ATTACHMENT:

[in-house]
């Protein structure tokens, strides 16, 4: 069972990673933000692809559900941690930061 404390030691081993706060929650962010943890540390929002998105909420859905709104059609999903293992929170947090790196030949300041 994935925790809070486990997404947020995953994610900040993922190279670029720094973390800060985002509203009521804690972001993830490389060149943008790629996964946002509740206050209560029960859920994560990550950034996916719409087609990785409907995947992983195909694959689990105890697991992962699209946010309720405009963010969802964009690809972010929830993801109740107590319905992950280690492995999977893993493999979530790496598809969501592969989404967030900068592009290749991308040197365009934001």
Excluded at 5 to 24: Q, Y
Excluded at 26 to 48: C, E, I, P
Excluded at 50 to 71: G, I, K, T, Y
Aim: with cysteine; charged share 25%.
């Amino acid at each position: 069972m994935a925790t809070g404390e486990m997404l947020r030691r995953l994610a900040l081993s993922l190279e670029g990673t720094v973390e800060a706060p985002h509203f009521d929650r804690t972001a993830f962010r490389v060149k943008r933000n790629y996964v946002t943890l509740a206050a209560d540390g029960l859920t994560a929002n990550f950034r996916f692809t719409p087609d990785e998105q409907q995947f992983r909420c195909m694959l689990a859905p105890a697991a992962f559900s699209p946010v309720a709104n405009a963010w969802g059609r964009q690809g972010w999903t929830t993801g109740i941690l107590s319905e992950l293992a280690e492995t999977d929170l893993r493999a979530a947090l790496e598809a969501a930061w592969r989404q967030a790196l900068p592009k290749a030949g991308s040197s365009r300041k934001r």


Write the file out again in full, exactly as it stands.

[in-house]
């Protein structure tokens, strides 16, 4: 069972990673933000692809559900941690930061 404390030691081993706060929650962010943890540390929002998105909420859905709104059609999903293992929170947090790196030949300041 994935925790809070486990997404947020995953994610900040993922190279670029720094973390800060985002509203009521804690972001993830490389060149943008790629996964946002509740206050209560029960859920994560990550950034996916719409087609990785409907995947992983195909694959689990105890697991992962699209946010309720405009963010969802964009690809972010929830993801109740107590319905992950280690492995999977893993493999979530790496598809969501592969989404967030900068592009290749991308040197365009934001």
Excluded at 5 to 24: Q, Y
Excluded at 26 to 48: C, E, I, P
Excluded at 50 to 71: G, I, K, T, Y
Aim: with cysteine; charged share 25%.
């Amino acid at each position: 069972m994935a925790t809070g404390e486990m997404l947020r030691r995953l994610a900040l081993s993922l190279e670029g990673t720094v973390e800060a706060p985002h509203f009521d929650r804690t972001a993830f962010r490389v060149k943008r933000n790629y996964v946002t943890l509740a206050a209560d540390g029960l859920t994560a929002n990550f950034r996916f692809t719409p087609d990785e998105q409907q995947f992983r909420c195909m694959l689990a859905p105890a697991a992962f559900s699209p946010v309720a709104n405009a963010w969802g059609r964009q690809g972010w999903t929830t993801g109740i941690l107590s319905e992950l293992a280690e492995t999977d929170l893993r493999a979530a947090l790496e598809a969501a930061w592969r989404q967030a790196l900068p592009k290749a030949g991308s040197s365009r300041k934001r």